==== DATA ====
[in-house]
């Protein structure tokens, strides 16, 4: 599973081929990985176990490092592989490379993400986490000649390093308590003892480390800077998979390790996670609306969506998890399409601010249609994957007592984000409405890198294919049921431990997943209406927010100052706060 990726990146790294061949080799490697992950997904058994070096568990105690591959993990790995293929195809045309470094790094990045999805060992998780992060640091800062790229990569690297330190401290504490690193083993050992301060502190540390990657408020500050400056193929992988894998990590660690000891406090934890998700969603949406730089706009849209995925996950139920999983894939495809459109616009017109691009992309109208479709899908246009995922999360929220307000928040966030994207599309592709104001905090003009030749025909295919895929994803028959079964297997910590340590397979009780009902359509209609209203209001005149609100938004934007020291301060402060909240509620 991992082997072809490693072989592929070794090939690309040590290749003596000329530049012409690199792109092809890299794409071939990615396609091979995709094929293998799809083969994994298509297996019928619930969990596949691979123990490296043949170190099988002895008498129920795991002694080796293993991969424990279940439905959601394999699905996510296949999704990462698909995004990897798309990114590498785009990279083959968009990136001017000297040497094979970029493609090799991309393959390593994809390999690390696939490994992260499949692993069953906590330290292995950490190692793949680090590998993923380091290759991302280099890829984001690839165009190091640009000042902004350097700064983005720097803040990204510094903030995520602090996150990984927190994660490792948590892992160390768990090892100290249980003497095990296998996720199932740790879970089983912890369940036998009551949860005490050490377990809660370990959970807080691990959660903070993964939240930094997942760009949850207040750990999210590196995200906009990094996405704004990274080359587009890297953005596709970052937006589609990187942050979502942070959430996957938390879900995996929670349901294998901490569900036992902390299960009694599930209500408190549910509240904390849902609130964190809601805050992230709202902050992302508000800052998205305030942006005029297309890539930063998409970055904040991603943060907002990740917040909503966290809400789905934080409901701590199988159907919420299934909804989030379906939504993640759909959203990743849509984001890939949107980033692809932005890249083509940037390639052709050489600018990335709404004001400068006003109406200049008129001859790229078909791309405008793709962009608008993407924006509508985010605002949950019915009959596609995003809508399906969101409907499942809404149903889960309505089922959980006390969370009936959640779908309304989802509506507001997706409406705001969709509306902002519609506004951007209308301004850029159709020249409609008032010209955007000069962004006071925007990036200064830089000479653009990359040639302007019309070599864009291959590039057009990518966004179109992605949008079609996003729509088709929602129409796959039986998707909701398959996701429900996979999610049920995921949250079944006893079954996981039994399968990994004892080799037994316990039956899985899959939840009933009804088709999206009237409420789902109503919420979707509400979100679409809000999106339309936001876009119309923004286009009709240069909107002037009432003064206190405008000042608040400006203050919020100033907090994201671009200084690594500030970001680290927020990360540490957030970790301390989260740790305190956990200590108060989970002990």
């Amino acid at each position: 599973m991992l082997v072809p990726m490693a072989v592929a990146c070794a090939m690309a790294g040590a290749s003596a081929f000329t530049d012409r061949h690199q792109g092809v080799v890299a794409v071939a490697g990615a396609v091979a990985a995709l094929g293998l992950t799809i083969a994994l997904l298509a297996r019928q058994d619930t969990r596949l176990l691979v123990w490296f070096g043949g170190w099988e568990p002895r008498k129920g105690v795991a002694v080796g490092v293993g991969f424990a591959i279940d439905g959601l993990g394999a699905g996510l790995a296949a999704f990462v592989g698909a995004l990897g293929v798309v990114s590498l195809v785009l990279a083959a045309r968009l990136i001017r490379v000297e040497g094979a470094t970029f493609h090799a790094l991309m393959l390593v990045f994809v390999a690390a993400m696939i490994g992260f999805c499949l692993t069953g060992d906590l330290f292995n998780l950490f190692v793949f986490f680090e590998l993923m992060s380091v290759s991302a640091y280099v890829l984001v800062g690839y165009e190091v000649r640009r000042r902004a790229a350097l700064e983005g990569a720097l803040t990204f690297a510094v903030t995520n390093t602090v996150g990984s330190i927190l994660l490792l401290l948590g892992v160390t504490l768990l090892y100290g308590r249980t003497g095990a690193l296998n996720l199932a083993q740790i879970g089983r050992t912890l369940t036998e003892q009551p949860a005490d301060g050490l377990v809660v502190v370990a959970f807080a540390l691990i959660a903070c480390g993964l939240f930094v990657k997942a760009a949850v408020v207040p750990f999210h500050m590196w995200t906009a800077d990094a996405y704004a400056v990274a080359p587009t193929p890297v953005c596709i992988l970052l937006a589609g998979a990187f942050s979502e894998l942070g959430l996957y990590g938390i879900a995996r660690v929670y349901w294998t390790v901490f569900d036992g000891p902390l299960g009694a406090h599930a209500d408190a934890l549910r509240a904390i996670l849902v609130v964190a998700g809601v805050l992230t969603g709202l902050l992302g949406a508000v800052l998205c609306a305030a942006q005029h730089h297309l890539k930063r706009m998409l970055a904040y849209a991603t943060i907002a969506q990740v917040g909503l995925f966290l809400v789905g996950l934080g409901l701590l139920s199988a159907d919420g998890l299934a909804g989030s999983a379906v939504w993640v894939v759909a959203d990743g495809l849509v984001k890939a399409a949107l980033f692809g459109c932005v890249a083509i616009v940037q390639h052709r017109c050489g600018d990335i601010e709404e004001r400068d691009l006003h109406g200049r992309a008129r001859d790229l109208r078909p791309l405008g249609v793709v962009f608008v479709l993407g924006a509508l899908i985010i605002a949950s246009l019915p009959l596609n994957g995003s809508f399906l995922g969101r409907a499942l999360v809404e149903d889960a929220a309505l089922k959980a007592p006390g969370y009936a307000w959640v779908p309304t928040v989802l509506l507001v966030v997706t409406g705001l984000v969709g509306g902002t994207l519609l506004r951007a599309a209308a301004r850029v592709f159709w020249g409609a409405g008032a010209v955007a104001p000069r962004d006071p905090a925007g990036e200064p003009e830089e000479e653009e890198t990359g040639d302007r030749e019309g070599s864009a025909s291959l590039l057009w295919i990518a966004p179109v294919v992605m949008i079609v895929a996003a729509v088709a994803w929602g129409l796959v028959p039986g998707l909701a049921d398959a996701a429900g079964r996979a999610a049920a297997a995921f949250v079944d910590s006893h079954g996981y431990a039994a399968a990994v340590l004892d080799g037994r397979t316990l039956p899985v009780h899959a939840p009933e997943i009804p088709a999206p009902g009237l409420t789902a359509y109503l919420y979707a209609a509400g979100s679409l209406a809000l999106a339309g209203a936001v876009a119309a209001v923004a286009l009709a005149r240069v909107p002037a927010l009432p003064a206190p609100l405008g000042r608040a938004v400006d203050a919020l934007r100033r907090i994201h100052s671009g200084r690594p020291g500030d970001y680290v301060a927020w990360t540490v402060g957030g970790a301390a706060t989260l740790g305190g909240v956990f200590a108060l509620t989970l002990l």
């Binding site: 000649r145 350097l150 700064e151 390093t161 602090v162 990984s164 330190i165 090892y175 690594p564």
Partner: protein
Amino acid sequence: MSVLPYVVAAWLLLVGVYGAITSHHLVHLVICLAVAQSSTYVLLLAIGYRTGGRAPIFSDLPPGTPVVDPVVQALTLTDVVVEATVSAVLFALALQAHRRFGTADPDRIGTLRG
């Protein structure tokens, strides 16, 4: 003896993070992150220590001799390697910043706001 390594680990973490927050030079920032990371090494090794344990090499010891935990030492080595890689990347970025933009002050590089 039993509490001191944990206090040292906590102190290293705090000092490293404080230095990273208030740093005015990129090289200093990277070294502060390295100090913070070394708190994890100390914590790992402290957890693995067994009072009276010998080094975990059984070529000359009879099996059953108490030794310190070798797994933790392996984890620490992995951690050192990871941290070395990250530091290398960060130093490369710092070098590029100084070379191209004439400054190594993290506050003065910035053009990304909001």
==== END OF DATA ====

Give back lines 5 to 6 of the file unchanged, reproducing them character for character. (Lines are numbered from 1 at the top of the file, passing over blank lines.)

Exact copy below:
Partner: protein
Amino acid sequence: MSVLPYVVAAWLLLVGVYGAITSHHLVHLVICLAVAQSSTYVLLLAIGYRTGGRAPIFSDLPPGTPVVDPVVQALTLTDVVVEATVSAVLFALALQAHRRFGTADPDRIGTLRG